Google is Now Offering Upgrade Images for Nexus Phones and Tablets

Posted on May 12, 2016 by Paul Thurrott in Android with 0 Comments

Google is Now Offering Upgrade Images for Nexus Phones and Tablets

If you are using a Nexus smart phone as I recommend, you will want to know about this: Google is now offering downloadable OS images which let you update the handsets manually without wiping them as well.

As you may know, Google already offers downloadable “factory” images to Nexus owners. These images work like those a Windows phone user would download with theWindows Device Recovery Tool: They let you wipe out the phone or tablet and return it to its original, pristine state. If you are a Nexus owner, it’s not a bad idea to keep the factory image for your particular device on hand. Just in case.

(Google also routinely offers images for next-generation Android versions to Nexus owners as well, using a system that somewhat mimics the Windows Insider program over here on the Redmond side of the fence. For example, you can now install the Android N Preview on Nexus devices, and I’ve done so with my Nexus 6P.)

The problem with the factory images, of course, is that they do require you to wipe out the device—an act I call “nuking it from orbit”—meaning you’ll need to be careful not to accidentally destroy any data on the device.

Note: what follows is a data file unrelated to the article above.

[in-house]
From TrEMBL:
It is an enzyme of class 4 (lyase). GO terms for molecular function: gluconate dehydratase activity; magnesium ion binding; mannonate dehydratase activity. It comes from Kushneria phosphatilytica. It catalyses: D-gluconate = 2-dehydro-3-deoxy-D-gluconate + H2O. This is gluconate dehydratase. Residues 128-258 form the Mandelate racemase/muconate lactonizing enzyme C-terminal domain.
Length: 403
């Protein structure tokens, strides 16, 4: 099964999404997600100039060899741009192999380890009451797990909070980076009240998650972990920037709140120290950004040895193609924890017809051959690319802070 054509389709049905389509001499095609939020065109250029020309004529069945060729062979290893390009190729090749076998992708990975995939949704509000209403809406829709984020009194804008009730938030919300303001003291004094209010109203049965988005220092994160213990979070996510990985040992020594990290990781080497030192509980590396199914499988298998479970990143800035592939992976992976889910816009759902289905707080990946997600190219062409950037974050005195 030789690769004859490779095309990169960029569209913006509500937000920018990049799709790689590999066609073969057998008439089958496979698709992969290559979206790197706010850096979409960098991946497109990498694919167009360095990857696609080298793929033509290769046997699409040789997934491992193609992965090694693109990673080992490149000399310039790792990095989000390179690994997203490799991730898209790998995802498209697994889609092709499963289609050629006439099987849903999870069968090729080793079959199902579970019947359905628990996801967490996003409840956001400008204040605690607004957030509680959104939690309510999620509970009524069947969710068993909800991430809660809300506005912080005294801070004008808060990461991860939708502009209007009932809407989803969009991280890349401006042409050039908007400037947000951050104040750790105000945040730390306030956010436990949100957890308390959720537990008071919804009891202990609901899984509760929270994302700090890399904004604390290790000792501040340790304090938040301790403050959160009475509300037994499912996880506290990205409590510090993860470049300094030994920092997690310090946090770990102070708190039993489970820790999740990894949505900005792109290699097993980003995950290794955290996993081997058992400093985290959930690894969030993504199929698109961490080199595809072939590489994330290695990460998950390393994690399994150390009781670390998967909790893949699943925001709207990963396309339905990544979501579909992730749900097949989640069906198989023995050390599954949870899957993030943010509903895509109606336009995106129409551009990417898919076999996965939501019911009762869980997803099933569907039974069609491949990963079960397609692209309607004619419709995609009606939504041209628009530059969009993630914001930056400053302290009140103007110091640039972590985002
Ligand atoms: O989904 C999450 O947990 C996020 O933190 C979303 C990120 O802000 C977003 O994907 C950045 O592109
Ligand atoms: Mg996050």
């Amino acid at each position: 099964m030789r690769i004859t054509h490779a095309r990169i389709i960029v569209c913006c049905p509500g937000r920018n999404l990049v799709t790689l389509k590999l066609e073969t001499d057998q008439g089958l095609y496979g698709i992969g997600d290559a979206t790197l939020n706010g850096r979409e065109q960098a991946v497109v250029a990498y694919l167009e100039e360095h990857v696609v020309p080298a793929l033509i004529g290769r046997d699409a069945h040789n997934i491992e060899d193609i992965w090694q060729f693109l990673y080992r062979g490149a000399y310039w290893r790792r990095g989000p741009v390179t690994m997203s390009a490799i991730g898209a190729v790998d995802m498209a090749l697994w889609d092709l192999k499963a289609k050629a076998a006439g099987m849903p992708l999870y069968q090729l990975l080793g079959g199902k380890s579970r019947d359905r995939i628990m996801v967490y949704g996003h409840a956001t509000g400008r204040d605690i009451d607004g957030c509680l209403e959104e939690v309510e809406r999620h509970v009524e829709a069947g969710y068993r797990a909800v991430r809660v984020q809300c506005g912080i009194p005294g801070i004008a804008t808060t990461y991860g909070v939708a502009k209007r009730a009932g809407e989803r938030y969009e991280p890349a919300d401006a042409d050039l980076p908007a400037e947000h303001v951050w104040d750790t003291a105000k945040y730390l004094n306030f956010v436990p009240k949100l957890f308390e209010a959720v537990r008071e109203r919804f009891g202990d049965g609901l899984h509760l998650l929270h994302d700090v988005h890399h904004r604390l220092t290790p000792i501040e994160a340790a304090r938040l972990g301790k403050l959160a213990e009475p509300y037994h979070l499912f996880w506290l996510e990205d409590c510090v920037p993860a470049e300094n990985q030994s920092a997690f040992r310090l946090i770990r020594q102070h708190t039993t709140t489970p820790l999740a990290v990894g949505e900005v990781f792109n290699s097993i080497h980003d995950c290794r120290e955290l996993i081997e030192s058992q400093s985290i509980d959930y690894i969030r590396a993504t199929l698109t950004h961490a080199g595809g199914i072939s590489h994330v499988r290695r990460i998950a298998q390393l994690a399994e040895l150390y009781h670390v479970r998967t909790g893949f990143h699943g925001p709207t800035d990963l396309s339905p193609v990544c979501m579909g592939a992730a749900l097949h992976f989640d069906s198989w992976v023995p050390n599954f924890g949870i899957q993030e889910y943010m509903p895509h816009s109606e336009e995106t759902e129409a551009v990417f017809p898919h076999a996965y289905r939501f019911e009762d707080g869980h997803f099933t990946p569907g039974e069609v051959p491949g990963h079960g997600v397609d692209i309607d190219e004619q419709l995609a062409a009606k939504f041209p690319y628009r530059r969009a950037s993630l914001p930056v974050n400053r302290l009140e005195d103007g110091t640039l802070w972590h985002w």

So this week Google revealed a new set of OS images for Nexus owners that let you install newer Android versions more quickly, rather than waiting for them to appear over the air (OTA). (Which, to be fair, they do, as Nexus owners get monthly updates.) And these images let you update the device without needing to wipe it out. Yes, it provides an in-place upgrade.

You can find these images—called OTA Images for Nexus Devices—from the Nexus Files for Developers web site. There are images available to the past several generations of devices—the Pixel C, Nexus 6P, Nexus 5X, Nexus 5, Nexus 6, Nexus 7 (2013), Nexus 9, and Nexus Player—and you’ll need to use some command line skills to make it works. (Shades of Android’s weird Linux heritage, I guess, though it seems like a GUI front-end would be easy for Google to create.)

 

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